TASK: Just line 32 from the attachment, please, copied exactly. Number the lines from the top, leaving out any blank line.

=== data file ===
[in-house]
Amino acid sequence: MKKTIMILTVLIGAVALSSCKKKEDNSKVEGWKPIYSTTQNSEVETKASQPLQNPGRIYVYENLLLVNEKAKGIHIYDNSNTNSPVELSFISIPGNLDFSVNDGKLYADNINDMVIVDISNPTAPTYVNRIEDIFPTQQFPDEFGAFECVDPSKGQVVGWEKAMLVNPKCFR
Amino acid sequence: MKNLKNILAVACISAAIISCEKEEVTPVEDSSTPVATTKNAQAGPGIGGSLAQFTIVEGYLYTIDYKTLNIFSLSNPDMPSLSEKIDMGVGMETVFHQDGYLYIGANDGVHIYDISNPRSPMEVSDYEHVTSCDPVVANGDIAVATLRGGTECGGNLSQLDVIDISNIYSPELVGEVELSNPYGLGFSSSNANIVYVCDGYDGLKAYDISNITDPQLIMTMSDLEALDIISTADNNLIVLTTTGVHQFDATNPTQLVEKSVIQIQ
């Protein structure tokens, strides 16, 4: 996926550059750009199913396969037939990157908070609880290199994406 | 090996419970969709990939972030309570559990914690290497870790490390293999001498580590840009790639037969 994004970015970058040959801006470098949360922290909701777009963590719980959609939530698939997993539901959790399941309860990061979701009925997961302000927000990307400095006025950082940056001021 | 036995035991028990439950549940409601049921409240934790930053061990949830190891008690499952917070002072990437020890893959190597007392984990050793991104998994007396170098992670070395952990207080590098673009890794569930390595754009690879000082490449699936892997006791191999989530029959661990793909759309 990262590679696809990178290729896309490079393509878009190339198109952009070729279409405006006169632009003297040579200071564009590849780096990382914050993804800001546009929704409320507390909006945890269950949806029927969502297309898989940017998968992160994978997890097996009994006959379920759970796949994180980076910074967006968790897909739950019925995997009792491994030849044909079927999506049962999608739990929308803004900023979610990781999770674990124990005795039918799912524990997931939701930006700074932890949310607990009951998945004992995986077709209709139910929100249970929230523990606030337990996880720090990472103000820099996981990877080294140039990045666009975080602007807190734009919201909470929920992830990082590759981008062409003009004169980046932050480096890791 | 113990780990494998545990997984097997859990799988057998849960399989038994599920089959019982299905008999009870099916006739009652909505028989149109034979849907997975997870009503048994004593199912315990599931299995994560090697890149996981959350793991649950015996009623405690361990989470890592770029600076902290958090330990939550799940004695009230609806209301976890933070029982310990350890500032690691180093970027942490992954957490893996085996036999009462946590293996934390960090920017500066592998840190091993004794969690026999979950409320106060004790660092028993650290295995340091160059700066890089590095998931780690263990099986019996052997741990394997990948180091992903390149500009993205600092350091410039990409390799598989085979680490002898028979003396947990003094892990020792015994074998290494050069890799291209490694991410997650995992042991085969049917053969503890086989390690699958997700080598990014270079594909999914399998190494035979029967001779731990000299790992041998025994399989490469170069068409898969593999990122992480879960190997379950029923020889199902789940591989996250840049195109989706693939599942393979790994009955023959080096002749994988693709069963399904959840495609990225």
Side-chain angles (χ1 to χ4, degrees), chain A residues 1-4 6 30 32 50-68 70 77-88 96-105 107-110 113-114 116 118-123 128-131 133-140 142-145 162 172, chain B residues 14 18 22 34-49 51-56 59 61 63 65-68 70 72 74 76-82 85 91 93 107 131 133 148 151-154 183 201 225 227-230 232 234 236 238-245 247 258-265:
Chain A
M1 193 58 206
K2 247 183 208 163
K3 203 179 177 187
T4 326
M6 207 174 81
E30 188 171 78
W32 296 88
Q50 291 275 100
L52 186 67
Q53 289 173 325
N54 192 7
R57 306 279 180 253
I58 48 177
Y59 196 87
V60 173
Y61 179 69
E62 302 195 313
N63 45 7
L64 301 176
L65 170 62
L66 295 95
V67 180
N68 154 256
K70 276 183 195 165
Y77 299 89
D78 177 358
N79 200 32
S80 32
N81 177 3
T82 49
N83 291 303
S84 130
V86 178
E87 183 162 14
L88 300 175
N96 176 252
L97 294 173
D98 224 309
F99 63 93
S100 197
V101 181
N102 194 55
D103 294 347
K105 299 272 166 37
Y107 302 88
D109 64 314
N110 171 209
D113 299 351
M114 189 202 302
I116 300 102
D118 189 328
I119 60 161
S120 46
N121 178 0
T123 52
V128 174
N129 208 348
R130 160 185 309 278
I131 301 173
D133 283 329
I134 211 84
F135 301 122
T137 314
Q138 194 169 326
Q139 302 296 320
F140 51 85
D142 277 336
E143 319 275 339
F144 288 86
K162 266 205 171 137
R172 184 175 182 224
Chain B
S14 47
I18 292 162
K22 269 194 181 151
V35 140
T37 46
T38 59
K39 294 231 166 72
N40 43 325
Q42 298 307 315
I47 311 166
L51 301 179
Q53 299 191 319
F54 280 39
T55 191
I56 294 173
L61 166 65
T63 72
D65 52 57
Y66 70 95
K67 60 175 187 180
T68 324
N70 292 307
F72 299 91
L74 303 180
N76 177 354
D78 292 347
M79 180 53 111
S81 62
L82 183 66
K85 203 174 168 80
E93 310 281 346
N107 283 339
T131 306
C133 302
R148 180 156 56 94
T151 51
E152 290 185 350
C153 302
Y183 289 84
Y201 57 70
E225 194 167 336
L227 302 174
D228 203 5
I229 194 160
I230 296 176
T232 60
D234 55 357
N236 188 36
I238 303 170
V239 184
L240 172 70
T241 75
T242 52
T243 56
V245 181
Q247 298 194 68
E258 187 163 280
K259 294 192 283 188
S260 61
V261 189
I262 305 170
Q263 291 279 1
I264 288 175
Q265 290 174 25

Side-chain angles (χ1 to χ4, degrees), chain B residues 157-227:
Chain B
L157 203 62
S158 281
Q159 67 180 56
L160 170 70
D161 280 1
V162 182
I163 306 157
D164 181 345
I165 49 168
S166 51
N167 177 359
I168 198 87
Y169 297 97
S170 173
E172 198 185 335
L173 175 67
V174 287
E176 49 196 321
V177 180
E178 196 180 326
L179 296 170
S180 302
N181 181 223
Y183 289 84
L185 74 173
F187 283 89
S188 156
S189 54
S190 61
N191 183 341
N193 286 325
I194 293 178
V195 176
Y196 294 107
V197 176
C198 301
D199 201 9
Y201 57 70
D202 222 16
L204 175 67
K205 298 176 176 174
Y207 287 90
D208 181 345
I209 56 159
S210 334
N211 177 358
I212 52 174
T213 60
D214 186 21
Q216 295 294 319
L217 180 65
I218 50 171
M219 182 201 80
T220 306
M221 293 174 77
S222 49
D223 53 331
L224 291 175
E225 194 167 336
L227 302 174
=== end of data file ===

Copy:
D78 177 358